“Sandra Ruch, who handled the marketing for New Line Cinema before establishing her own company, explained that getting a film poster into print involves a series of stages. “There are a number of unwritten rules,” she says, “and a series of levels of approval.” Good ideas are often rejected because they are considered too daring or unusual, or don’t focus enough on the star, or look too much like a theater poster, or a book jacket, or a television ad.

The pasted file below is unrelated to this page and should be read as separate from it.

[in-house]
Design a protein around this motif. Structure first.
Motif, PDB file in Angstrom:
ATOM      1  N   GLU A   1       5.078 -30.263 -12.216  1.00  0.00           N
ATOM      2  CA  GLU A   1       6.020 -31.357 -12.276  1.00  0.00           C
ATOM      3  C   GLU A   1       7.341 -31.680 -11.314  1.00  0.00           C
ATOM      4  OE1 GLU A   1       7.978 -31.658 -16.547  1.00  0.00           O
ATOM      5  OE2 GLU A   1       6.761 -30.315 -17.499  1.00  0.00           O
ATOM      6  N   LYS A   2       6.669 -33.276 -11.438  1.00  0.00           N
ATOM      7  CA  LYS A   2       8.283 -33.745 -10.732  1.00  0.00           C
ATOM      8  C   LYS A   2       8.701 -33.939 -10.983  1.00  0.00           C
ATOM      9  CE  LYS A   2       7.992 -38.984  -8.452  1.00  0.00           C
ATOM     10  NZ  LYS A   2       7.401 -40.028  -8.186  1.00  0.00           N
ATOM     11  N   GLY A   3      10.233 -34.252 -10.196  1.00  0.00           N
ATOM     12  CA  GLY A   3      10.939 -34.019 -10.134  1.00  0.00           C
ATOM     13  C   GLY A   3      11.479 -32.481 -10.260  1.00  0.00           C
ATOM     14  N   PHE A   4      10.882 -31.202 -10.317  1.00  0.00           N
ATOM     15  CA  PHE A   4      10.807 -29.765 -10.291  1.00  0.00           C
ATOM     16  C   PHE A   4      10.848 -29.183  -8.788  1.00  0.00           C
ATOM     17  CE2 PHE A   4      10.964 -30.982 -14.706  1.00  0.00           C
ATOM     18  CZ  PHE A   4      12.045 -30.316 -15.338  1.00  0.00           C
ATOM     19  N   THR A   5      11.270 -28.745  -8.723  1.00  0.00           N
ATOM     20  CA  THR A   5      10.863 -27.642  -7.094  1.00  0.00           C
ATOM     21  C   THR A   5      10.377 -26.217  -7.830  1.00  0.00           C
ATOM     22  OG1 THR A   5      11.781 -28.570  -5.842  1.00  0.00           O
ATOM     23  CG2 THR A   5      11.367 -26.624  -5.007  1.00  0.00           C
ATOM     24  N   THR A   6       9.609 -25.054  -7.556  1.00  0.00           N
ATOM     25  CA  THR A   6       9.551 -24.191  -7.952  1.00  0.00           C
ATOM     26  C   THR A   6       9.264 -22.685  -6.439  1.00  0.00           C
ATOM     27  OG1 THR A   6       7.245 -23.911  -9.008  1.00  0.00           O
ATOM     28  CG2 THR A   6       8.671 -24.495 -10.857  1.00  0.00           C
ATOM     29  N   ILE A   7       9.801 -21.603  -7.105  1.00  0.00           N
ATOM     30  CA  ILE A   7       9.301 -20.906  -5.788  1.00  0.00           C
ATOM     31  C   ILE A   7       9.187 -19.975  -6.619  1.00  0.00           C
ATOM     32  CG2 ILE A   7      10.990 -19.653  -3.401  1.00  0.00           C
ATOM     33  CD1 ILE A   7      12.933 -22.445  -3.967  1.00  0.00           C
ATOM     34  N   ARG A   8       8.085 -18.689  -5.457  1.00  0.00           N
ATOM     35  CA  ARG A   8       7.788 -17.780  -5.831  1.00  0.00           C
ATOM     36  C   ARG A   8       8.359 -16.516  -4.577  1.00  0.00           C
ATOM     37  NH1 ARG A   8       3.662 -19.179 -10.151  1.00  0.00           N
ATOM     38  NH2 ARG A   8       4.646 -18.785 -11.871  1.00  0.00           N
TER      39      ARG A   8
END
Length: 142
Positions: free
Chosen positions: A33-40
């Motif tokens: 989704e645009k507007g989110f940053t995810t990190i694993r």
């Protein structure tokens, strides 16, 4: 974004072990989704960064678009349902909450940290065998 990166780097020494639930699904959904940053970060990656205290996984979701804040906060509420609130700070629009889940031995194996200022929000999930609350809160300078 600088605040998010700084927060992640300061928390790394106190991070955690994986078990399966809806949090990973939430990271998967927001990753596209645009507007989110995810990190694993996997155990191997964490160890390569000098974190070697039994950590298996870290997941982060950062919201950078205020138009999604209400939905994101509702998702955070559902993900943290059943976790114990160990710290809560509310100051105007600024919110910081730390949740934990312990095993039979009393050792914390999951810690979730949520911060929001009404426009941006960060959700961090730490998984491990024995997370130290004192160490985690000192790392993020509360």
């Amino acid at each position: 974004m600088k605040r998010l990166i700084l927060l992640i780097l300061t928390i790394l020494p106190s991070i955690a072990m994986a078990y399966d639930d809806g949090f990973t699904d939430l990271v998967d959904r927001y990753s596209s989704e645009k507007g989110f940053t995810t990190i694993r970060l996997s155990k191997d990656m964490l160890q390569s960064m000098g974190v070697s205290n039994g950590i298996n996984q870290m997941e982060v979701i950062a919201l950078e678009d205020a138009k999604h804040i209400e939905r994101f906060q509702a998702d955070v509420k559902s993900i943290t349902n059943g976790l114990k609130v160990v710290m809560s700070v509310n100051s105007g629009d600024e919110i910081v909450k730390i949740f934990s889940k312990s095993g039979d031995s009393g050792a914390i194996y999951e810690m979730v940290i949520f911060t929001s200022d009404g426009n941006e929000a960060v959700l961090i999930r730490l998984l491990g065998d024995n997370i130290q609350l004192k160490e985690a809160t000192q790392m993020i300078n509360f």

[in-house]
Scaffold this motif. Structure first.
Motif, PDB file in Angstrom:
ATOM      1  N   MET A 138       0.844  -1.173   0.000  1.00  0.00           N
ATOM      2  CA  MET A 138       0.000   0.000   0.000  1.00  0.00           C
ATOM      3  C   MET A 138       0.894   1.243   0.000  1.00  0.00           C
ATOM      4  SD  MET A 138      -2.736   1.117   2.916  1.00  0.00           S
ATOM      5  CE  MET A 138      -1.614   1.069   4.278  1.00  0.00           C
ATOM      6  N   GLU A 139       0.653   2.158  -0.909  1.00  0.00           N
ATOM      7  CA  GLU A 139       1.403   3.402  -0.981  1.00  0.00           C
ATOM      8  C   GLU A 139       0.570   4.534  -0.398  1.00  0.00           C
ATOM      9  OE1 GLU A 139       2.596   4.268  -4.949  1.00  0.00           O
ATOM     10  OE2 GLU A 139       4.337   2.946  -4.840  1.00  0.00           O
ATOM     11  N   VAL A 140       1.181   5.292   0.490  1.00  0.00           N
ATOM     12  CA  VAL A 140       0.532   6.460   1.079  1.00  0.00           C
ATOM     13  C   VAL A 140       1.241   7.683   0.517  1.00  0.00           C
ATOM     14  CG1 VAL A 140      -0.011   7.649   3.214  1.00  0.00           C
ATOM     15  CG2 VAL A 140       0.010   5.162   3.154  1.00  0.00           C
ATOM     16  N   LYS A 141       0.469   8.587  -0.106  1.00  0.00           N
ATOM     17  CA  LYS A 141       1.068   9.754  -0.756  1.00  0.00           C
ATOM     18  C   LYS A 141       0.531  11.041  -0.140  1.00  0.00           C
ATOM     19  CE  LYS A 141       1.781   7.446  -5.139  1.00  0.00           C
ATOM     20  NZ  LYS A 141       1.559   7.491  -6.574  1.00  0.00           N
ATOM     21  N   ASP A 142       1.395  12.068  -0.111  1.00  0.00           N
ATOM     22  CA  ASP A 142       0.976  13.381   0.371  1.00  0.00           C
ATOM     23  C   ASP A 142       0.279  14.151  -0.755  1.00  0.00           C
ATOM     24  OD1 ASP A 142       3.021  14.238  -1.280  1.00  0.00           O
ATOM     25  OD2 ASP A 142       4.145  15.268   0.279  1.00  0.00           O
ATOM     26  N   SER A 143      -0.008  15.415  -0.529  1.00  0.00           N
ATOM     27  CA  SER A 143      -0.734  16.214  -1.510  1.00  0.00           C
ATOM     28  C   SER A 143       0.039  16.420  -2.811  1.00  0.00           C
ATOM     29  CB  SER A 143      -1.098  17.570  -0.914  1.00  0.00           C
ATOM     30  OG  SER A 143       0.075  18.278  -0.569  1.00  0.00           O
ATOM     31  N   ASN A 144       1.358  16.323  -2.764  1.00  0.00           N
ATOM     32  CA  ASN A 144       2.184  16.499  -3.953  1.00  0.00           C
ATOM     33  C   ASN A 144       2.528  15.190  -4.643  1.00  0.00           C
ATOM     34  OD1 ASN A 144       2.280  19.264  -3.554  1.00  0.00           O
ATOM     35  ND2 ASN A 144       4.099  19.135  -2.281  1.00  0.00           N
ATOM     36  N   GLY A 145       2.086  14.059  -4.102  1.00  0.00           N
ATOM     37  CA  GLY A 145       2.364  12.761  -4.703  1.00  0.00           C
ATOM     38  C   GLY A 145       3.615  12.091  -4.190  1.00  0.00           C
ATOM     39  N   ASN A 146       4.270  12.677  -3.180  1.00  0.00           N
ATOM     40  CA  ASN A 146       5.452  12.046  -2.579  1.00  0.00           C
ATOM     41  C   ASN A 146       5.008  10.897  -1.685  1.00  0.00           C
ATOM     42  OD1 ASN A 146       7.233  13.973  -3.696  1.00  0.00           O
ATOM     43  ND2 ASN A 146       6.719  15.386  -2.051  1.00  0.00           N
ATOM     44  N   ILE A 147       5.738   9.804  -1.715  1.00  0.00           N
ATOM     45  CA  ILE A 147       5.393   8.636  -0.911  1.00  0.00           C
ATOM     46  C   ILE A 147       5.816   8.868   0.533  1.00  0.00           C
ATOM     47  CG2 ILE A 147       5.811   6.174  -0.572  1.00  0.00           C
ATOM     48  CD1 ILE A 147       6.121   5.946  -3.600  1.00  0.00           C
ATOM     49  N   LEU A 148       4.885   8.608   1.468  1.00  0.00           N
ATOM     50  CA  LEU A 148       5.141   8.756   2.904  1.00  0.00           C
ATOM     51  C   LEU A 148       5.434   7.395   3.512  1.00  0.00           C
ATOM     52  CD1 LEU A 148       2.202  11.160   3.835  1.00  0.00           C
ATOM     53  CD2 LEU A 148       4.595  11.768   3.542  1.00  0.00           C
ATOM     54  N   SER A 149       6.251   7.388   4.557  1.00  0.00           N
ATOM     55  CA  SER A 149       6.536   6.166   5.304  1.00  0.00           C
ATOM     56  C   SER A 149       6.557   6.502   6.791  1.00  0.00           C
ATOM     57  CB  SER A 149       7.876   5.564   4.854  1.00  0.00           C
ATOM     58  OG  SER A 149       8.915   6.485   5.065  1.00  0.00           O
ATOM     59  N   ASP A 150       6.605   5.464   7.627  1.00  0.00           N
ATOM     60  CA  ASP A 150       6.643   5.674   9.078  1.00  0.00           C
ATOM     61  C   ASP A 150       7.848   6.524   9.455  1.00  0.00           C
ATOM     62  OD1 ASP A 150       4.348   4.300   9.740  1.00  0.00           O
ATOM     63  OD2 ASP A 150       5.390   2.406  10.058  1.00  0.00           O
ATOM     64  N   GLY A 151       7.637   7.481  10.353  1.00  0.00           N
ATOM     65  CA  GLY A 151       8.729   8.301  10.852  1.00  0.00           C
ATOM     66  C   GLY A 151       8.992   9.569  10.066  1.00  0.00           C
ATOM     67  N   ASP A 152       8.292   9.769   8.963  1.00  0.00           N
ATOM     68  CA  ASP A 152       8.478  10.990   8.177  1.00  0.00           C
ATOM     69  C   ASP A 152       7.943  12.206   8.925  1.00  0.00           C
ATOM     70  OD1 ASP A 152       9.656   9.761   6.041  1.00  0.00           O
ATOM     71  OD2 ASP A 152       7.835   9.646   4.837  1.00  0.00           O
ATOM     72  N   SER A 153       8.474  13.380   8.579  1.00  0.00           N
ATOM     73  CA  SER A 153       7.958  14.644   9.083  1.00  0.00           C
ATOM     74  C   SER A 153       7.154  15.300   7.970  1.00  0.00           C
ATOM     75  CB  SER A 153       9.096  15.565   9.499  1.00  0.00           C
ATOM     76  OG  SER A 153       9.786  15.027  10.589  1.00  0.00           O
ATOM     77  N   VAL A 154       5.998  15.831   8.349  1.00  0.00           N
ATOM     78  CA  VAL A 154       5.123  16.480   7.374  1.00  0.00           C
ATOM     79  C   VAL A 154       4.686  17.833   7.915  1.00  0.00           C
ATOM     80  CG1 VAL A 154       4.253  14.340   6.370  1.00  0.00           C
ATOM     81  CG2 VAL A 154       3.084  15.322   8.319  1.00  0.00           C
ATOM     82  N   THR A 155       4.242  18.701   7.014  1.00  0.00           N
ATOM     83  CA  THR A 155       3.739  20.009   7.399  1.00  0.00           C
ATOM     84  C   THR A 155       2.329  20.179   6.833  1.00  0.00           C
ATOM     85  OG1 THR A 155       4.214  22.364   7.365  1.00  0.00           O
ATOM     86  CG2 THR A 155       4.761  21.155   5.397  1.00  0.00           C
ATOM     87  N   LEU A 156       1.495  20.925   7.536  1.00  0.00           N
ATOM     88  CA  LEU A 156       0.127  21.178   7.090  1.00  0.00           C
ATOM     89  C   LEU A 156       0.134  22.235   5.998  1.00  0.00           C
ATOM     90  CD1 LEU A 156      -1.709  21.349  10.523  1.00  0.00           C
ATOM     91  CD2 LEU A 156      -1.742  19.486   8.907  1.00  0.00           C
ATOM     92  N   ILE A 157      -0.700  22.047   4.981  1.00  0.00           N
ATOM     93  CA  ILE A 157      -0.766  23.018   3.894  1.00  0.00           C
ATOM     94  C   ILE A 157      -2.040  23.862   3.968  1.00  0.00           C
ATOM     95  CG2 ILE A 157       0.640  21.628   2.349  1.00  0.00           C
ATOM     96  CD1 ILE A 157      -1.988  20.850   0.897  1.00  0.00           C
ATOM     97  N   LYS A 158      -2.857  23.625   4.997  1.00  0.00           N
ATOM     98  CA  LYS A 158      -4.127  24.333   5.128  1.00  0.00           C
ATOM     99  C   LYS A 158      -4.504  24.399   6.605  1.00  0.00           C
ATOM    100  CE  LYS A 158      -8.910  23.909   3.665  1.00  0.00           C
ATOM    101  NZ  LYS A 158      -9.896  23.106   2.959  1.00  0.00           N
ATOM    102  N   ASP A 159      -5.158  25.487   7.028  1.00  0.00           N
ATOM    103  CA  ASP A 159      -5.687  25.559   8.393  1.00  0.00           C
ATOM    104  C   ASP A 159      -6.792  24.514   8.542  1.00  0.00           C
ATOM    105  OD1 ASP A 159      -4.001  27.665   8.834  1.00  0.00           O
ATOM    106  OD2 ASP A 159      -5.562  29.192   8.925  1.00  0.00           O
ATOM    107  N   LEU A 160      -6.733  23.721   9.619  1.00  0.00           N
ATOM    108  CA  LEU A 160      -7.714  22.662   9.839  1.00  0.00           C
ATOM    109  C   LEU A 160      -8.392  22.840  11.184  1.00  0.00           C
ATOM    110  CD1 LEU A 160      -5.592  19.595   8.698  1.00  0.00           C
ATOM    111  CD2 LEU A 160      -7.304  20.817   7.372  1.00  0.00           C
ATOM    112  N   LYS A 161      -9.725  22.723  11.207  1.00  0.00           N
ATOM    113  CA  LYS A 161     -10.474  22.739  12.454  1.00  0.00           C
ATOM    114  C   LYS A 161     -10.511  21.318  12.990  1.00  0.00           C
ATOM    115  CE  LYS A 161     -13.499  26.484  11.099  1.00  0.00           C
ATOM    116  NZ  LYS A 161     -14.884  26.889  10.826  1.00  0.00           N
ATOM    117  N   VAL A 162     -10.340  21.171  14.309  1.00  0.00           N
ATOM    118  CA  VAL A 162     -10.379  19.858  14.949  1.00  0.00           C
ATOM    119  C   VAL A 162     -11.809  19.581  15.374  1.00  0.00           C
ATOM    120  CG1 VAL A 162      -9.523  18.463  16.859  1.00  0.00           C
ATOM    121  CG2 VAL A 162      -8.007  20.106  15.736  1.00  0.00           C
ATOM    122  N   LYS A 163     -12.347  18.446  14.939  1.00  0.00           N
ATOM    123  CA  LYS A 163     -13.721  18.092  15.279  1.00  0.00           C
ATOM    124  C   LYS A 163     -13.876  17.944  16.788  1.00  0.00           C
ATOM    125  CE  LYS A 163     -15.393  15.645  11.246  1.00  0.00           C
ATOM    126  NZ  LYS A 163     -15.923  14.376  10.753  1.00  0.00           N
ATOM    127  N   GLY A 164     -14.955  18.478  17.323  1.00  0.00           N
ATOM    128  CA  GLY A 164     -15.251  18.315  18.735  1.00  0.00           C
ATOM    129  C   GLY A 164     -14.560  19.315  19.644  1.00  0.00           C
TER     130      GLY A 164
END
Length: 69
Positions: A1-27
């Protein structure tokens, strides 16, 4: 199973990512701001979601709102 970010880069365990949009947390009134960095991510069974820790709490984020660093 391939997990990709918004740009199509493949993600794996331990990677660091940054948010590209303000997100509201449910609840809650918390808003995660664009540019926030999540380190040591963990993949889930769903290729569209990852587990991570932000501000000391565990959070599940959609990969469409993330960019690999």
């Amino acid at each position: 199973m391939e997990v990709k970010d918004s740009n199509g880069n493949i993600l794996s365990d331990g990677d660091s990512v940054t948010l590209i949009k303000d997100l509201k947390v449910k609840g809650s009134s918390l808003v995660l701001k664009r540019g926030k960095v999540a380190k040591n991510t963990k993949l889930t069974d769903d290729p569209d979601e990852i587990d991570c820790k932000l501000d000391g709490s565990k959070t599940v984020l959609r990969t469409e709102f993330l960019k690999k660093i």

To complicate matters, actors and agents have gained greater control. Before an art director even puts pencil to paper, certain contractual requirements must be taken into account. For example, the star’s face may have to be central. If there are two or three stars, their faces may have to be the same size. Their names may have to be on the same line as the title, or above the title, or one slightly larger than the other, or slightly higher.
It is not unusual for an art director to present up to 50 or even 100 sketches for a film. Criticism and input must be accepted from numerous people, including the director, the producer, the studio head, the marketing expert, and others.”
— Affiche, 1993